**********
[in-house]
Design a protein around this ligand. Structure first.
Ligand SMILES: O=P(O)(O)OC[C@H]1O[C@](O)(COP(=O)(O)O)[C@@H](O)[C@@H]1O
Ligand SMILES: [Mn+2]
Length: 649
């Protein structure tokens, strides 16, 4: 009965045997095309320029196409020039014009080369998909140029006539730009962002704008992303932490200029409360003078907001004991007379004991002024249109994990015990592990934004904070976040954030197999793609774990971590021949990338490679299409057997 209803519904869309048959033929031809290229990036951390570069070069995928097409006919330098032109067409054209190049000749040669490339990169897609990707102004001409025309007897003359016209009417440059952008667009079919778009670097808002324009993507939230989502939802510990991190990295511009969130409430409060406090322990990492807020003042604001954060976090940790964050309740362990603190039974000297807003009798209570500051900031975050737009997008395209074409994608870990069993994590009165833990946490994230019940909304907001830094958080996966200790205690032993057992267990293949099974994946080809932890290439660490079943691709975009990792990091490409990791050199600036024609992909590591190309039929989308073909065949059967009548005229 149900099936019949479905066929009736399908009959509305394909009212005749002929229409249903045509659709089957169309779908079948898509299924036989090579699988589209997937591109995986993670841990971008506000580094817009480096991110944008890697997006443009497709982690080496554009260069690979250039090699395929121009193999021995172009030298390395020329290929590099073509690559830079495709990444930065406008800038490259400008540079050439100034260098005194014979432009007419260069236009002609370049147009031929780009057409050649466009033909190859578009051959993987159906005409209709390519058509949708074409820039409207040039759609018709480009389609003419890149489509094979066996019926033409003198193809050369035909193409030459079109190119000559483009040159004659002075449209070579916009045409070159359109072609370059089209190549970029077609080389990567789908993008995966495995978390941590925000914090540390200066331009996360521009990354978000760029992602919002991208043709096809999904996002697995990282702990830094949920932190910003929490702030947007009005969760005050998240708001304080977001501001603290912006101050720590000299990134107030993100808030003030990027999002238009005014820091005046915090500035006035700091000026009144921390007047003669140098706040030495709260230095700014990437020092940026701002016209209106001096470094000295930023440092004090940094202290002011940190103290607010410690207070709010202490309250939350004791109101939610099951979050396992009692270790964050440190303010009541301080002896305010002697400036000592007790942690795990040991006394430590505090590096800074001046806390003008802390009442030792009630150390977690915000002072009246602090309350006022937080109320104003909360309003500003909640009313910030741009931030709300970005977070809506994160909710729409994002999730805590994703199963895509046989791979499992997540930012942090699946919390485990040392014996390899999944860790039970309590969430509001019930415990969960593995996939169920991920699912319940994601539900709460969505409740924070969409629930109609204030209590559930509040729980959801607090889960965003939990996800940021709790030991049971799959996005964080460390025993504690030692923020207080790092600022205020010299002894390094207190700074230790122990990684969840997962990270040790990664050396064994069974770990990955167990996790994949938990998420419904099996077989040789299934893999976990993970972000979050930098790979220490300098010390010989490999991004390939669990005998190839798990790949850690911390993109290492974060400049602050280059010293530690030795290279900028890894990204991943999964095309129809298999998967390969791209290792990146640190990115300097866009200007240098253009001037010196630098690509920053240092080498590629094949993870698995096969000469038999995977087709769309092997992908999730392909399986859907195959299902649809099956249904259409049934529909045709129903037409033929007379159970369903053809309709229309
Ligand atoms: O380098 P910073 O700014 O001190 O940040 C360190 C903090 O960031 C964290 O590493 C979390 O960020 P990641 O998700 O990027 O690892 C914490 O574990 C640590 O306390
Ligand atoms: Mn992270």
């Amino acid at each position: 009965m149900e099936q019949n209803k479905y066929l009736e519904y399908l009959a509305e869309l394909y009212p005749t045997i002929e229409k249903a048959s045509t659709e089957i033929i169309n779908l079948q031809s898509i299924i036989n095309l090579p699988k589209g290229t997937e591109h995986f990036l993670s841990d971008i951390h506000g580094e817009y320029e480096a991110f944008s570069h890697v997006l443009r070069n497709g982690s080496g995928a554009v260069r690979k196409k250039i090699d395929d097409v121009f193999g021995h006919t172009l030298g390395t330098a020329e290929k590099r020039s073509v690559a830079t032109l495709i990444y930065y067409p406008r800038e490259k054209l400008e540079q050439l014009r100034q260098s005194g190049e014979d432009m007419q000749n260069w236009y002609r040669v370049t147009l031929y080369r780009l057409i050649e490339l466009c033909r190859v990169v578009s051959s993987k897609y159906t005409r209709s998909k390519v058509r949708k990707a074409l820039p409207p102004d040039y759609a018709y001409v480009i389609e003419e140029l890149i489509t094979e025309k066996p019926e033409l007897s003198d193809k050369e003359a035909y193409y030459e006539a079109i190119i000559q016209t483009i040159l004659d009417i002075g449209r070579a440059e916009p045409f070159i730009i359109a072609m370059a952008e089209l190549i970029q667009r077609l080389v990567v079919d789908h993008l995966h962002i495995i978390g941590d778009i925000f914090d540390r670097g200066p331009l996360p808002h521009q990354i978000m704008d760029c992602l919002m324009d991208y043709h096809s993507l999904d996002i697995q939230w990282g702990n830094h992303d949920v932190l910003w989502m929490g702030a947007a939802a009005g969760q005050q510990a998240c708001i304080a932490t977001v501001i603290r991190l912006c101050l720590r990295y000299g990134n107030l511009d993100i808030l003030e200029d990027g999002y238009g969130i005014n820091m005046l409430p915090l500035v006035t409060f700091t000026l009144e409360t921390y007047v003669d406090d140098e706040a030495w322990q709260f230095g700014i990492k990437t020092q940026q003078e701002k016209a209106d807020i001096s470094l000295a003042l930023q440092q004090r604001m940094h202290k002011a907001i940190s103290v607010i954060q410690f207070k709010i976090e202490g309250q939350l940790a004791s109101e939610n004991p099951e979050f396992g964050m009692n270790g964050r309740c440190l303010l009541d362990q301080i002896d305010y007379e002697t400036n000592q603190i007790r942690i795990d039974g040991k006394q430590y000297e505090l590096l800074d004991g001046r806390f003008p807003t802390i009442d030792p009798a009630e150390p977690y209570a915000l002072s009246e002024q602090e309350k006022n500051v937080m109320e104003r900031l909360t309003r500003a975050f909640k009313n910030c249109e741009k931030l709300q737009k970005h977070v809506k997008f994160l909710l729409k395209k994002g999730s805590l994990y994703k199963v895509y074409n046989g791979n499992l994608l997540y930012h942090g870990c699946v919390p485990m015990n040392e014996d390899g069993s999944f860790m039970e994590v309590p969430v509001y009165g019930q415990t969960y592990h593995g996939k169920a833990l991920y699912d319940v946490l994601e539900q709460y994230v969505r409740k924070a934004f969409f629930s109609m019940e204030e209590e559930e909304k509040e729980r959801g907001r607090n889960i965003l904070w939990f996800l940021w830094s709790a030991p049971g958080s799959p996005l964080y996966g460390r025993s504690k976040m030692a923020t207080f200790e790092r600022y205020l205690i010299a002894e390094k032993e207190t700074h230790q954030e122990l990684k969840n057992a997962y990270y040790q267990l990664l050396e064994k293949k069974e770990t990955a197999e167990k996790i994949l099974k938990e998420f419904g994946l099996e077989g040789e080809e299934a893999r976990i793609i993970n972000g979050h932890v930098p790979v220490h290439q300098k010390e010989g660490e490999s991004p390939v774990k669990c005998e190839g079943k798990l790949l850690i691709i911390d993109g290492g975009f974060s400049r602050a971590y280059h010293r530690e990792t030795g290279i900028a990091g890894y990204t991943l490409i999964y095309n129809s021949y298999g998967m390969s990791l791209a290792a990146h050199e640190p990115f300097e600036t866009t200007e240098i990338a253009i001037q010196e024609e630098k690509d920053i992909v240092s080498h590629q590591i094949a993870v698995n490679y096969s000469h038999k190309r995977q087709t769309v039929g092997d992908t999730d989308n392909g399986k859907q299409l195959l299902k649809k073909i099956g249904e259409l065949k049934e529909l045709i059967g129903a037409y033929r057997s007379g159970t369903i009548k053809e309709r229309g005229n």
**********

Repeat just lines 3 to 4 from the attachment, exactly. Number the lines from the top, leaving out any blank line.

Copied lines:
Ligand SMILES: O=P(O)(O)OC[C@H]1O[C@](O)(COP(=O)(O)O)[C@@H](O)[C@@H]1O
Ligand SMILES: [Mn+2]